Esther contributed by making bobbin lace with other women in the community. They worked together in a group, but made their own individual work, with some complicated projects using up to 200 bobbins. During the winter, when the living areas were heated, the women worked bundled up in cold damp cellars with light reflected through clear glass jars filled with water. This was necessary so the humidity would keep the linen thread from becoming dry and brittle, causing it to break. Lace was graded and sold based on errors or knots in the work. Some projects took several months of steady work requiring miles of thread. Esther also worked sewing dresses, men’s suits, tailoring and doing embroidery work.
Here are some images of women during that time period making bobbin lace:
This is what the bobbin lace and a pattern looked like:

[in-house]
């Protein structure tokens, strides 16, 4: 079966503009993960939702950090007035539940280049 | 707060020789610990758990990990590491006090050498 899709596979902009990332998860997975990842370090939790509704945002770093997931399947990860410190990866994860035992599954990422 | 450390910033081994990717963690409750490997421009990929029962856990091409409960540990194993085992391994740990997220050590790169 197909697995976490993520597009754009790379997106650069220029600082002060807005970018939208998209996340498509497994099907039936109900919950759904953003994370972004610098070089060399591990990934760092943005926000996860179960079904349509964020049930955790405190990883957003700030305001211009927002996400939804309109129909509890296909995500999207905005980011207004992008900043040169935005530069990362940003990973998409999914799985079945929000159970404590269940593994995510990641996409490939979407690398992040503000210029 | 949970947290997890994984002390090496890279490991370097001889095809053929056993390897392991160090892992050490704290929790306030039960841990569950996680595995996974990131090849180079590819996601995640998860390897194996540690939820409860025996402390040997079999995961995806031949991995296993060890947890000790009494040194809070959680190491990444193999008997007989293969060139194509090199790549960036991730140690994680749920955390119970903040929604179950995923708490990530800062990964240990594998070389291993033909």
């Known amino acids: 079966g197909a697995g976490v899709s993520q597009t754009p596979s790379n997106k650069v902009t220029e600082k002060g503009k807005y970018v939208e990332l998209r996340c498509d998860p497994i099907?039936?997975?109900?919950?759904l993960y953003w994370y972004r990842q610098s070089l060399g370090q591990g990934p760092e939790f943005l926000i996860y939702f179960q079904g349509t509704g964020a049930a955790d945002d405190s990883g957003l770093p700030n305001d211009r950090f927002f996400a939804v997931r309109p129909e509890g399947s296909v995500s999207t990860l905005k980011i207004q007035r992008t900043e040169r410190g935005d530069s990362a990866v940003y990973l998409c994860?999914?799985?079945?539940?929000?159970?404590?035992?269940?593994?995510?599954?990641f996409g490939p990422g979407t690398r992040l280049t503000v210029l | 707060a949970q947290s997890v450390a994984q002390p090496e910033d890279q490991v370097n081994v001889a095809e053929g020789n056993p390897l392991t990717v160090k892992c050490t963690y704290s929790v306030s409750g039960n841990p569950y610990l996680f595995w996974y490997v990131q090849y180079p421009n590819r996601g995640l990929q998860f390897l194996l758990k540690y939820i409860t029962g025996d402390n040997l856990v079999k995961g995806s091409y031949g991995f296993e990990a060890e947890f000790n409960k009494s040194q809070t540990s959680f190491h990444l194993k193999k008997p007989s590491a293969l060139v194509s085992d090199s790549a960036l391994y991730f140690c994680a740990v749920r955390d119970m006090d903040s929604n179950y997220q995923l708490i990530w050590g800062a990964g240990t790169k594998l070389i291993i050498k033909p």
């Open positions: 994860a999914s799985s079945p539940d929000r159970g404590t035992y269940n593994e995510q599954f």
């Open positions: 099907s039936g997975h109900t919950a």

In 1842, at age 48, Joseph was crossing the Thames at the Sandford Lock on his way home from work. He slipped and fell, striking his head on a boat passing under the bridge, knocking him unconscious. He drowned before help could reach him. Esther was left with 9 children to support. The older ones did what they could to help, working in the fields and on a dairy farm.
Three years later, Esther married William Irons, a widower with 2 sons. He was a shepherd who braided straw for hats. Esther’s family members learned this trade which helped support them for many years. Esther had a daughter named Susannah who had a son named George Smuin. They moved to London where they came in contact with LDS Missionaries. She and George joined with the Saints there. George loved to sing. As a 4-year-old he was able to memorize and sing the Hymns. The Missionaries would pick a busy street and place little George on a box and have him sing. When people stopped to listen, the Elders would preach to them.
Susannah shared the truths she learned with her family members who embraced the restored doctrines. As they were able, members of the family left England to join the gathering of Saints in Utah. Esther was one of the last able to leave, and with the help of the Church’s Perpetual Immigration Fund, she arrived in Utah in the 1870s, settling in the Farmington-Kaysville area at the mouth of Shepard’s Canyon. Esther died on this day in 1883 in Ogden 130 years ago at the age of 86.